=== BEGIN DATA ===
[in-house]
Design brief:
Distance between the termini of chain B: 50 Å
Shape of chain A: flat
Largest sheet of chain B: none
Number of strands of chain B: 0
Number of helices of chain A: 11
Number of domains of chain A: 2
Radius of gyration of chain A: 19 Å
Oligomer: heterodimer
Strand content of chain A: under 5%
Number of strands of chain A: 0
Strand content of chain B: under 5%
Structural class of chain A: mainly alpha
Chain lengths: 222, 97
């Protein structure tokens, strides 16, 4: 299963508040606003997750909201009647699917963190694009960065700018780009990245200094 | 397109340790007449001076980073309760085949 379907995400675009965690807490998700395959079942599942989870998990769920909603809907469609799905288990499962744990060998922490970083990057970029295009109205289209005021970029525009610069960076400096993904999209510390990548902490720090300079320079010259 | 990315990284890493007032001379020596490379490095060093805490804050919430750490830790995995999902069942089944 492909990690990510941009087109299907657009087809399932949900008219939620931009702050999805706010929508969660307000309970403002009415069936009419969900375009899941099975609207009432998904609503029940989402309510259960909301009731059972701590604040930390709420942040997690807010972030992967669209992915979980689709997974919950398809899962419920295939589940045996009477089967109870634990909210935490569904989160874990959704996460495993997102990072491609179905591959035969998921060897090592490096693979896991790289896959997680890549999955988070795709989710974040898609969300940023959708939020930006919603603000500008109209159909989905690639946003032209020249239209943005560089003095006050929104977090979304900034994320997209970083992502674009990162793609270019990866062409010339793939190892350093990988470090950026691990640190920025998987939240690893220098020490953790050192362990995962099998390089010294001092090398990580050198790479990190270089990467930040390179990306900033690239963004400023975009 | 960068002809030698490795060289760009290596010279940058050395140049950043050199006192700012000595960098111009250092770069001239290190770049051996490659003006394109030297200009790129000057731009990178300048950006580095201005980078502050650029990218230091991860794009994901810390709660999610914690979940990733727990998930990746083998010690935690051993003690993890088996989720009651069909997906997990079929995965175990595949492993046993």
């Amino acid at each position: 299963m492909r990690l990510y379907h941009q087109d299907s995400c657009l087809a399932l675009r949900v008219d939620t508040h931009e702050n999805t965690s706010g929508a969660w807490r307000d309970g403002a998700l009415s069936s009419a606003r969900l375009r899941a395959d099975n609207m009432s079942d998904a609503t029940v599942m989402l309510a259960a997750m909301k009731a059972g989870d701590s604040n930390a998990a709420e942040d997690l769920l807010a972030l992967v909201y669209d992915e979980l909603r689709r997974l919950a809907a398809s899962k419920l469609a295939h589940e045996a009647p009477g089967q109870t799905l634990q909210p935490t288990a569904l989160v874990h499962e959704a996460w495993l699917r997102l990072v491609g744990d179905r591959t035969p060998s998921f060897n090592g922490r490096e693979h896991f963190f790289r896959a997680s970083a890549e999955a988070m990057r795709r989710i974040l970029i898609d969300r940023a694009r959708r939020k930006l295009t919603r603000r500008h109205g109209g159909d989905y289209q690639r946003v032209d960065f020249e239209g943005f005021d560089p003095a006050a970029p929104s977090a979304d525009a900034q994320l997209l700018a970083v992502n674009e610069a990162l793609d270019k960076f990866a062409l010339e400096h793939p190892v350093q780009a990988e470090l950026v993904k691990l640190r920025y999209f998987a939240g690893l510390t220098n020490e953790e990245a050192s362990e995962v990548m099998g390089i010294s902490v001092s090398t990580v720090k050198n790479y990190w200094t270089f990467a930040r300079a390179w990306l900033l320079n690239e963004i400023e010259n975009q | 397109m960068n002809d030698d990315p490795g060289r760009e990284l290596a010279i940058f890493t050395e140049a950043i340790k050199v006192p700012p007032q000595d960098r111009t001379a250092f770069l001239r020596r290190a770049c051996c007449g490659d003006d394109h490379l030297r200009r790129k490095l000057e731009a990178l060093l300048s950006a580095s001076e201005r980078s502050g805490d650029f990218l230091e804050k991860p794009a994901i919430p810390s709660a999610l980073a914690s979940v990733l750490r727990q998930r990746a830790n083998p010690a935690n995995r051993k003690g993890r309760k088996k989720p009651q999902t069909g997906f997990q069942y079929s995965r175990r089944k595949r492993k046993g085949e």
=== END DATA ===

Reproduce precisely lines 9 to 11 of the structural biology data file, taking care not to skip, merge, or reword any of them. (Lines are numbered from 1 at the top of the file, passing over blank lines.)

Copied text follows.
Radius of gyration of chain A: 19 Å
Oligomer: heterodimer
Strand content of chain A: under 5%